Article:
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Thursday, September 5, 2013

It’s getting harder and harder to breathe!

When I first started collecting my thoughts for this week’s blog post on Occupational Asthma and the potential contributing role played by cleaning and disinfectant products, the final lyrics from the chorus of Maroon 5’s 2002 hit “Harder to Breathe” rang clearly in my head, “it’s getting harder and harder to breathe!”.  For many professionals in the cleaning industry, this statement has the potential to ring true over the span of their careers. 

In the USA, several states conduct work related asthma surveillance as part of the Sentinel Event Notification System for Occupational Risks (SENSOR).  The surveillance system in California showed that custodians and cleaners had the highest incidence of work related asthma.  Furthermore, Rosenman et al reported that a cleaning product was 1 or more of the 3 suspected agents identified in 12% of the confirmed cases that they reviewed.  The fact that bleach was the most frequently identified product should not be all that surprising considering that bleach was recently designated an asthma-causing agent by the Association of Occupational and Environmental Clinics (Sastre 2011). 

Quaternary ammonium compounds (Quats or QACs) also tend to be frequently identified as potential asthma causing agents due to their prevalence in numerous cleaning and disinfectant products.  Michigan’s SENSOR program published a detailed report on the link between asthma and quats in their 2008-2009 newsletter (http://www.oem.msu.edu/userfiles/file/News/v20n1.pdf).  The newsletter includes several case reports and a review of several peer reviewed studies completed on the subject.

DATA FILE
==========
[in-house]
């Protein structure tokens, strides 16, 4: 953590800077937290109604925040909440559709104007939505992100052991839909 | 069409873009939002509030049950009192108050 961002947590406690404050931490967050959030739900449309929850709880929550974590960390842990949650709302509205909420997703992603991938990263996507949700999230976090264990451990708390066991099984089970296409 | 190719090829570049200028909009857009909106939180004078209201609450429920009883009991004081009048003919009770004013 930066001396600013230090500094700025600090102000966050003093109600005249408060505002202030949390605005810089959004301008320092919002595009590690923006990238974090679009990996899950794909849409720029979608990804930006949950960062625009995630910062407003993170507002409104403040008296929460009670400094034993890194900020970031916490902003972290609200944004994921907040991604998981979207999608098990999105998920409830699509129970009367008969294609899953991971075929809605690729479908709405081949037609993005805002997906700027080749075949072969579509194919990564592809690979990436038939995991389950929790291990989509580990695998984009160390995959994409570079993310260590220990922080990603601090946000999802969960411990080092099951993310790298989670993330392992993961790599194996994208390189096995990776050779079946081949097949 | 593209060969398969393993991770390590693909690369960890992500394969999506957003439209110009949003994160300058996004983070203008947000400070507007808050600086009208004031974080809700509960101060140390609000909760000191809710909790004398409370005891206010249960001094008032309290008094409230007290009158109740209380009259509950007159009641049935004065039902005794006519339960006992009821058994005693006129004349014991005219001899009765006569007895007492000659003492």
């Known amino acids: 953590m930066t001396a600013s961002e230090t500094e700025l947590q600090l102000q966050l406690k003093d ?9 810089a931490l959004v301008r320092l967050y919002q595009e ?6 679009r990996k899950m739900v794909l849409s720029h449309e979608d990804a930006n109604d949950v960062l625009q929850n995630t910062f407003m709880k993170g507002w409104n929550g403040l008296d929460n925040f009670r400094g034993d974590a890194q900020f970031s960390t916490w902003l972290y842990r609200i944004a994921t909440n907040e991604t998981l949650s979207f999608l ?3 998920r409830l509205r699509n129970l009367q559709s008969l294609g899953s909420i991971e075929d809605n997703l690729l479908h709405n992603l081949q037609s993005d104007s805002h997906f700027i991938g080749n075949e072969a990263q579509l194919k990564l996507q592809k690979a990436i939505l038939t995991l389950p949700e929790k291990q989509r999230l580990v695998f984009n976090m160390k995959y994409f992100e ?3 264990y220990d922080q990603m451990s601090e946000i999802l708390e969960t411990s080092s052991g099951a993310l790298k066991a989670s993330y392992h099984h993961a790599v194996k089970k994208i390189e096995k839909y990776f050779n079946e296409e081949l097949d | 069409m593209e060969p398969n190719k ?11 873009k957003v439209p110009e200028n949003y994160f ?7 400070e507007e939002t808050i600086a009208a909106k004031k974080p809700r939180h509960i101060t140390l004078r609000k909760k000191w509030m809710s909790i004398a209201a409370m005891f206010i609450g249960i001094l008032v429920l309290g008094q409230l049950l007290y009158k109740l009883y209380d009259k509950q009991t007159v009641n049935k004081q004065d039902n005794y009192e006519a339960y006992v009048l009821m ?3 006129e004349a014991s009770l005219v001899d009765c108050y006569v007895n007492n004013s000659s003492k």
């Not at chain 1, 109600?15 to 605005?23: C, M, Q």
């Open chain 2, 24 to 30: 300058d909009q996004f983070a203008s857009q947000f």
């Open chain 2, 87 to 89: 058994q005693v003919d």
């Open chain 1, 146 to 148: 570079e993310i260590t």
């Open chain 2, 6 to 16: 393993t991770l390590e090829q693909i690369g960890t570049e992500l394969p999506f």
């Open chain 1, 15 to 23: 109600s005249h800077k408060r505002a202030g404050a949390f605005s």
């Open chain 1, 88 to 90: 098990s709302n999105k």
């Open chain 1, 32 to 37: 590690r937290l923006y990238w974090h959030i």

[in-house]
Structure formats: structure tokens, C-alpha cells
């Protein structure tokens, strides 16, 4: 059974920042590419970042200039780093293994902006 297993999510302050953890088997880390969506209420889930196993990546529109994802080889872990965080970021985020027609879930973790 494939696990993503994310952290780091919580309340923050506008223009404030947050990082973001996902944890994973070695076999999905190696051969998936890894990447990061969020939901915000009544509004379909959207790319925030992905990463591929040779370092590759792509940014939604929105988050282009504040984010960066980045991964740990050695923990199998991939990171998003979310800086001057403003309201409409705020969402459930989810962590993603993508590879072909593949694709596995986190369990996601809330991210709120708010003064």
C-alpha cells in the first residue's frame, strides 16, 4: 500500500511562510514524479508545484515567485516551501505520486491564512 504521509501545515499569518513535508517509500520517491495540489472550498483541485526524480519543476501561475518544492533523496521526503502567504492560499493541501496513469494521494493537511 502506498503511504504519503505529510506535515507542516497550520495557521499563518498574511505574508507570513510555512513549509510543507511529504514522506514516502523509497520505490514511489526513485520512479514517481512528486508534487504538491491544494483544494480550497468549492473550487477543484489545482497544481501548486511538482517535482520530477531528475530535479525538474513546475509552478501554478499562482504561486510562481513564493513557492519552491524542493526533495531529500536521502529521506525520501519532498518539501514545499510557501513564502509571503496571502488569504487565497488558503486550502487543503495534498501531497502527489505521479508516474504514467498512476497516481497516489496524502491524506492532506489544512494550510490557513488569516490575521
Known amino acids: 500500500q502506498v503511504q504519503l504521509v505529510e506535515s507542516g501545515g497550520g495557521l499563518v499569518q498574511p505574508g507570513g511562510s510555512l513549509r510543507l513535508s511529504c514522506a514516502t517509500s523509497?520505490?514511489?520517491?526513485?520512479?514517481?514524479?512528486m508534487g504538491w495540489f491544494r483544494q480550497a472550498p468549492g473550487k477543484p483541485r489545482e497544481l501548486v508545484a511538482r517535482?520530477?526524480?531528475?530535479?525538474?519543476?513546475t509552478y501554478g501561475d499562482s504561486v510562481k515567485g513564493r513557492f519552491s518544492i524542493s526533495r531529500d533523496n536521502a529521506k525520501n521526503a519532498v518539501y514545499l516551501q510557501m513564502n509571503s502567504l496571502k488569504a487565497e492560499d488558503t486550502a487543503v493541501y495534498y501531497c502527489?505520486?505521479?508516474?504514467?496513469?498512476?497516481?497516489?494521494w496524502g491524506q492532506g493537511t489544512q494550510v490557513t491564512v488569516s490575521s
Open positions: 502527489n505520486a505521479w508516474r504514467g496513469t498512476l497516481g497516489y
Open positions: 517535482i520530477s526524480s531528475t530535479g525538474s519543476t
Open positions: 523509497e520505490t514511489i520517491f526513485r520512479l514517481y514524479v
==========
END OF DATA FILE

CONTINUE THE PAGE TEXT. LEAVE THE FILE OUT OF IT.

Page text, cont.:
This past summer, Massachusetts’ Dept. of Health issued an Occupational Lung Disease Bulletin as part of their SENSOR program (http://www.mass.gov/eohhs/docs/dph/occupational-health/sensor-lung-disease-bulletins/summer2013.pdf).  This bulletin further detailed the potential link between the use of certain cleaning and disinfectant products and work-related asthma but also included valuable recommendations related to the correct use of cleaning products and the consideration of safer disinfectant chemistries.  The bulletin states that “The prevention goal is to balance the two needs—to reduce infectious disease transmission without causing chemical related disease”.  Ensuring that disinfectants are not overused, unnecessarily aerosolized or misted into the air, and employed at the correct concentration are important points to consider.  The bulletin also includes reference to the consideration of safer disinfectants: “EPA’s Design for the Environment (http://www.epa.gov/dfe/) has begun promoting use of safer disinfectants that pose lower risks of adverse human effects and environmental degradation. To date, the active ingredients approved as safer include citric acid, lactic acid and hydrogen peroxide”.

In summary, where the use of disinfectants are necessary, steps should be taken to reduce the potential exposure to harmful and potentially asthma causing chemicals by considering safer cleaning and disinfectant options or by employing practices and protocols that will reduce a user’s direct contact and risk.


Hasta la vista!


The Germinator - Lee


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